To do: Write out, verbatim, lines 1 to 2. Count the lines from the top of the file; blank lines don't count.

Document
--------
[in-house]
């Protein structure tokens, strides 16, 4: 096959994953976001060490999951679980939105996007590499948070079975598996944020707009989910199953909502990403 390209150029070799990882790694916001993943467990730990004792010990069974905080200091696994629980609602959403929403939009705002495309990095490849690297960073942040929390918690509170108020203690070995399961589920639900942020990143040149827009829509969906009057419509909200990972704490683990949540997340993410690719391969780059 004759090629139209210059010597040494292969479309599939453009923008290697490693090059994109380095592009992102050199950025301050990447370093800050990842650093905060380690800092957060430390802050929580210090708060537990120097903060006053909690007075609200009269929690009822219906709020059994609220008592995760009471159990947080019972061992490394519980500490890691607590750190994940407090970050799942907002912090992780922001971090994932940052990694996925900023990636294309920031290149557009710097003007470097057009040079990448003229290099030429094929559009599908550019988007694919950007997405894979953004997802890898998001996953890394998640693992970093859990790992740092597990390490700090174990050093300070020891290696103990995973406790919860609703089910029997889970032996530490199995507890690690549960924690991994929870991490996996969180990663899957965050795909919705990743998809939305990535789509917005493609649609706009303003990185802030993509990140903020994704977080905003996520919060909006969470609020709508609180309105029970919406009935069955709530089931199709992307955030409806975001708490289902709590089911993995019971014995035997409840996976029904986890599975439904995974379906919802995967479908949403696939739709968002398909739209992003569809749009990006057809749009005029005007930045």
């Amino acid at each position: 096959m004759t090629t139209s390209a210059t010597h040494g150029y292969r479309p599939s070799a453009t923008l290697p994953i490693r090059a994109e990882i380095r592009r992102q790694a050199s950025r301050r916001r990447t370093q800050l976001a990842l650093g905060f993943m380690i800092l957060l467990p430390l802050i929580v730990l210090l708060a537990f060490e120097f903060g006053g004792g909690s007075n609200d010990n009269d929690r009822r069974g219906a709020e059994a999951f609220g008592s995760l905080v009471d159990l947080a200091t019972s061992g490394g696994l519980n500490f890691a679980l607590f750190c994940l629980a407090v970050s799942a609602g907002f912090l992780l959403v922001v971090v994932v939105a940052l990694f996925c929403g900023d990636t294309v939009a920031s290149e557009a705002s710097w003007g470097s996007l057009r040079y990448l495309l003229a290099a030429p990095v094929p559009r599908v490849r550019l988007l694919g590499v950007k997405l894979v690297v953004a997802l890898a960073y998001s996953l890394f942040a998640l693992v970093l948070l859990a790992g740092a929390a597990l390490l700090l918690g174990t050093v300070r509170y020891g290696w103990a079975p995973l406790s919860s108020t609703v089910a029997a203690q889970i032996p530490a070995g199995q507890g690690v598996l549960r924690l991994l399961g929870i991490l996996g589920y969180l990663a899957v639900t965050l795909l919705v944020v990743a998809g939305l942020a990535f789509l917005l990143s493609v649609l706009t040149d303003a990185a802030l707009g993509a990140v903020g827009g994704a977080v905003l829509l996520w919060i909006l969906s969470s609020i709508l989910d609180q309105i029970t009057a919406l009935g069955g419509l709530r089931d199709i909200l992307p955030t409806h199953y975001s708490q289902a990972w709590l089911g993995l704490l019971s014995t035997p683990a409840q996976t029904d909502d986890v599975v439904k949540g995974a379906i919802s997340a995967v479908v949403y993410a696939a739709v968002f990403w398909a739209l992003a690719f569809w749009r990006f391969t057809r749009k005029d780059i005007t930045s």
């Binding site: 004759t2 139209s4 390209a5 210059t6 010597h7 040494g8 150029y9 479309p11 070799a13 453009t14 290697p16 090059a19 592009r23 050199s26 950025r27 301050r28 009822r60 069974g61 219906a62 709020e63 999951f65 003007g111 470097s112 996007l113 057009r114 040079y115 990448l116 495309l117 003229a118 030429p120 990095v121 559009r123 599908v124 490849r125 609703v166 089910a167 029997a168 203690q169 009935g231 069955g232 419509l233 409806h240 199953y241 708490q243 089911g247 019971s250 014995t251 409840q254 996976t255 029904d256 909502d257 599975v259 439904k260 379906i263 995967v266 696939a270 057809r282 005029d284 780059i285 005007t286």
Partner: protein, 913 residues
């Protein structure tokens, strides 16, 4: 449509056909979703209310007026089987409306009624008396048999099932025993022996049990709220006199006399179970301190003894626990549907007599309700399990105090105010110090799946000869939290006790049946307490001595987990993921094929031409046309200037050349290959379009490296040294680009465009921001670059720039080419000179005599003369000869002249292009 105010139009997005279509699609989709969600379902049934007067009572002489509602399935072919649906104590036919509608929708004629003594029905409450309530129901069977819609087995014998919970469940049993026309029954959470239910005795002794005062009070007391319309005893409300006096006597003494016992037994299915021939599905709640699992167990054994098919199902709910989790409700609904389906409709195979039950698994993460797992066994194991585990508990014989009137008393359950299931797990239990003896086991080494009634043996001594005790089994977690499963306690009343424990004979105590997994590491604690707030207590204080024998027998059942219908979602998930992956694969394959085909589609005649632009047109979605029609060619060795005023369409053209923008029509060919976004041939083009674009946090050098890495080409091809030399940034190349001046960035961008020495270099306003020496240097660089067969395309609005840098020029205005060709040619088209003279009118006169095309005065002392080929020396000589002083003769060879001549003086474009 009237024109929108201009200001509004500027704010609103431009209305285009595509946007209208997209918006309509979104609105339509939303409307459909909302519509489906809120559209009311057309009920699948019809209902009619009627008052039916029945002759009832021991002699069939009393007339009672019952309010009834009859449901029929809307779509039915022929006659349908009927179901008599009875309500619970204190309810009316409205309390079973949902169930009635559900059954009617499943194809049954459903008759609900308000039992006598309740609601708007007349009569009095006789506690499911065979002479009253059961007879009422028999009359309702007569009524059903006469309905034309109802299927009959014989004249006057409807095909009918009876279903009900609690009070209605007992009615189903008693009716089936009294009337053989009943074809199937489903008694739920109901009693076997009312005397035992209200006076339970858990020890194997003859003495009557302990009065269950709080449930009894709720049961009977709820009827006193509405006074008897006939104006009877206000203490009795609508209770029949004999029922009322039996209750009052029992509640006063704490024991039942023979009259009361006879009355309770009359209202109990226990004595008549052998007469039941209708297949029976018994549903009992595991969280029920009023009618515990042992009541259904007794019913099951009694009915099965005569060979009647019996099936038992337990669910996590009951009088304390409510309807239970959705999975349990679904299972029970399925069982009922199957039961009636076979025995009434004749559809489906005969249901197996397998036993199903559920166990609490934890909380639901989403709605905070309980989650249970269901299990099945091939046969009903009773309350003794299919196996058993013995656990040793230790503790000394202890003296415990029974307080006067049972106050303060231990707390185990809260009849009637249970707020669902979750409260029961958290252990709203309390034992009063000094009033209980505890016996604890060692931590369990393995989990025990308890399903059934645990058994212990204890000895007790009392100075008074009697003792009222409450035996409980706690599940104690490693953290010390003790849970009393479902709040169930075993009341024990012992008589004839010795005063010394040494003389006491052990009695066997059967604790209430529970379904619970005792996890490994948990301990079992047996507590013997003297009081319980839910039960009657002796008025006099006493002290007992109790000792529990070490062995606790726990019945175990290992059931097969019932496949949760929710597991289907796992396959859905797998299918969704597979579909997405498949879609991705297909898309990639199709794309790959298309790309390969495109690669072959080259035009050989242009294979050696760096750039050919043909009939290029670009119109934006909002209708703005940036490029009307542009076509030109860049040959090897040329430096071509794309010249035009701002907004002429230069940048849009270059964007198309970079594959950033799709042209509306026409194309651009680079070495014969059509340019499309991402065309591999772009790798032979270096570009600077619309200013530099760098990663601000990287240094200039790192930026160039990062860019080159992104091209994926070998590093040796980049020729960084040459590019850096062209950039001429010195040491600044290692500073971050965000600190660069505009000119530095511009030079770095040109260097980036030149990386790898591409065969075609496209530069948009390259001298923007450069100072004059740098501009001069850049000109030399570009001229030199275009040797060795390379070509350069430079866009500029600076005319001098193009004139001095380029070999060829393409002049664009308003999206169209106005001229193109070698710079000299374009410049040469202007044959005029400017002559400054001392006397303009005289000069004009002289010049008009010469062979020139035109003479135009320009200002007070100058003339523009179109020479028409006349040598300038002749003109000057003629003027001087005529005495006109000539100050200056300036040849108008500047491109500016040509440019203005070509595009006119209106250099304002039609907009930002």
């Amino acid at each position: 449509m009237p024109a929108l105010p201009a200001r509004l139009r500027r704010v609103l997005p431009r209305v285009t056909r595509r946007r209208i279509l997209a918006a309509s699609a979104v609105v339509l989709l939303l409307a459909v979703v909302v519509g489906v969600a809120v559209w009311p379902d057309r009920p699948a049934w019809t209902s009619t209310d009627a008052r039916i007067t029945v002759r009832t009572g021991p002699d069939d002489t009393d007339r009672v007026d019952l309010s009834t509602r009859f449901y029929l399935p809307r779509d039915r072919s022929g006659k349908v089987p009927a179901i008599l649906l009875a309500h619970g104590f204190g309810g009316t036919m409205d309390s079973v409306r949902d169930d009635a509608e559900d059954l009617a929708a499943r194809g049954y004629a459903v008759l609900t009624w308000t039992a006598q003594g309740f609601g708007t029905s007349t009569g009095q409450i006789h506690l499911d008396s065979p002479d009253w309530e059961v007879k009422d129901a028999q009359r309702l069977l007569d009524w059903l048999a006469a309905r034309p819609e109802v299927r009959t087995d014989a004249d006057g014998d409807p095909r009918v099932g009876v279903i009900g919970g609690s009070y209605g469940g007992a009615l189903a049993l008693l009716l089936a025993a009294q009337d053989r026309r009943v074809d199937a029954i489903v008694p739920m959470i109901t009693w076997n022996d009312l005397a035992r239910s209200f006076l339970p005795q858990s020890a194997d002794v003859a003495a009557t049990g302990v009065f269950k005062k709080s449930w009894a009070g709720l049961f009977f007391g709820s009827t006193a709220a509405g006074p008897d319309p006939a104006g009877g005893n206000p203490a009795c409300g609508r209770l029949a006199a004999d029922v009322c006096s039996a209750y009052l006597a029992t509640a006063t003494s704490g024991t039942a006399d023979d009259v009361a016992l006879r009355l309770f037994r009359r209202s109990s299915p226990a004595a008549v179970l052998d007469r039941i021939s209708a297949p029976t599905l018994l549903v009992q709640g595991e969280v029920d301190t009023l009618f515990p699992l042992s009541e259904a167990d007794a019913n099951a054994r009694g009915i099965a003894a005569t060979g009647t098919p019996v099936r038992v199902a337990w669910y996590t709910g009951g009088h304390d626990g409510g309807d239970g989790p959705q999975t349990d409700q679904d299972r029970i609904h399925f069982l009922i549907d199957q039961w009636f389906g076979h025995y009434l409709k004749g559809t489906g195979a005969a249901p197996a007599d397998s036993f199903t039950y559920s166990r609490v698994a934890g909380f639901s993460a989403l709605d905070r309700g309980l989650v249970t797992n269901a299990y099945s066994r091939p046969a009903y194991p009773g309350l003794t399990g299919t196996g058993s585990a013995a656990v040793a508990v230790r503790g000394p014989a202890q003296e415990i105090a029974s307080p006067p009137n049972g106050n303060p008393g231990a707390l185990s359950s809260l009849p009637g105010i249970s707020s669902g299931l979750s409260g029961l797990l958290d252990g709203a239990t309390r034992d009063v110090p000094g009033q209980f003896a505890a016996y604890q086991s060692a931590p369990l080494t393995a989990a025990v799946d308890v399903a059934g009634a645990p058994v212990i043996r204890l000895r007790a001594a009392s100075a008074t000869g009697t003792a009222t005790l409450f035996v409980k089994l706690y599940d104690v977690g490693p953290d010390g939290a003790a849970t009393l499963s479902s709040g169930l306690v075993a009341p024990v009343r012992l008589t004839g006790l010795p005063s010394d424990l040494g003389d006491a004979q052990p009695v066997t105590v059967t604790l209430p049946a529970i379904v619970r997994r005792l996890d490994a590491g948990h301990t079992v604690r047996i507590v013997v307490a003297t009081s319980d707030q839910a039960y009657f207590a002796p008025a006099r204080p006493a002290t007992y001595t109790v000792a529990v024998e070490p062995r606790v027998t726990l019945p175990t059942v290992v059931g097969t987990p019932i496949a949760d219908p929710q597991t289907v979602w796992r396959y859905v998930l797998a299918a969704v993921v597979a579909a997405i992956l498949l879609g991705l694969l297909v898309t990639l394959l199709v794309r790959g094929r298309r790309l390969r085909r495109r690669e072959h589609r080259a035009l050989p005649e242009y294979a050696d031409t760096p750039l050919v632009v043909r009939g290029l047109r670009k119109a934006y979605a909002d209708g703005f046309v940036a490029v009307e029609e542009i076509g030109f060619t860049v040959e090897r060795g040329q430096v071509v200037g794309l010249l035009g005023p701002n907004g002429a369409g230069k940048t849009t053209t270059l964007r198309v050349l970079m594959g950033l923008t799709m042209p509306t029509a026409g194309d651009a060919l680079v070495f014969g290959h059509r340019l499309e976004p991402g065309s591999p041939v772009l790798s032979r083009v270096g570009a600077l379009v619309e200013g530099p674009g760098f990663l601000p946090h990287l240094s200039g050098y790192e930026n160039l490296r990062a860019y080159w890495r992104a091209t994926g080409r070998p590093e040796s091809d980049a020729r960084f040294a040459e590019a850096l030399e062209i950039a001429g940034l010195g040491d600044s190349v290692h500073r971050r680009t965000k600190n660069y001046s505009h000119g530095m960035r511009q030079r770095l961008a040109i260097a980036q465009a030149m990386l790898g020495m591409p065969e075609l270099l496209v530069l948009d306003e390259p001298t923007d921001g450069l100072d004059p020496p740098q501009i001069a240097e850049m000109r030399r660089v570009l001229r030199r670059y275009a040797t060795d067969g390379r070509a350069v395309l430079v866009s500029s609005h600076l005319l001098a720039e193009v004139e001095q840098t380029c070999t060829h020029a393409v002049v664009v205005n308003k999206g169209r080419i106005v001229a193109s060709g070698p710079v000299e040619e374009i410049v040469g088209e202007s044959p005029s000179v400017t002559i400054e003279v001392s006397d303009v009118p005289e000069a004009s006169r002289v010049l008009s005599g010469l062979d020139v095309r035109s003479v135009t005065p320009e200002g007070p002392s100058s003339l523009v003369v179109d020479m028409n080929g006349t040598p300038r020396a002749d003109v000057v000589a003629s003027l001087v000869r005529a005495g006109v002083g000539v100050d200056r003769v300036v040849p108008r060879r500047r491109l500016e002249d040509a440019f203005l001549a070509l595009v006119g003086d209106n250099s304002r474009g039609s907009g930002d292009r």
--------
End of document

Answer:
[in-house]
């Protein structure tokens, strides 16, 4: 096959994953976001060490999951679980939105996007590499948070079975598996944020707009989910199953909502990403 390209150029070799990882790694916001993943467990730990004792010990069974905080200091696994629980609602959403929403939009705002495309990095490849690297960073942040929390918690509170108020203690070995399961589920639900942020990143040149827009829509969906009057419509909200990972704490683990949540997340993410690719391969780059 004759090629139209210059010597040494292969479309599939453009923008290697490693090059994109380095592009992102050199950025301050990447370093800050990842650093905060380690800092957060430390802050929580210090708060537990120097903060006053909690007075609200009269929690009822219906709020059994609220008592995760009471159990947080019972061992490394519980500490890691607590750190994940407090970050799942907002912090992780922001971090994932940052990694996925900023990636294309920031290149557009710097003007470097057009040079990448003229290099030429094929559009599908550019988007694919950007997405894979953004997802890898998001996953890394998640693992970093859990790992740092597990390490700090174990050093300070020891290696103990995973406790919860609703089910029997889970032996530490199995507890690690549960924690991994929870991490996996969180990663899957965050795909919705990743998809939305990535789509917005493609649609706009303003990185802030993509990140903020994704977080905003996520919060909006969470609020709508609180309105029970919406009935069955709530089931199709992307955030409806975001708490289902709590089911993995019971014995035997409840996976029904986890599975439904995974379906919802995967479908949403696939739709968002398909739209992003569809749009990006057809749009005029005007930045």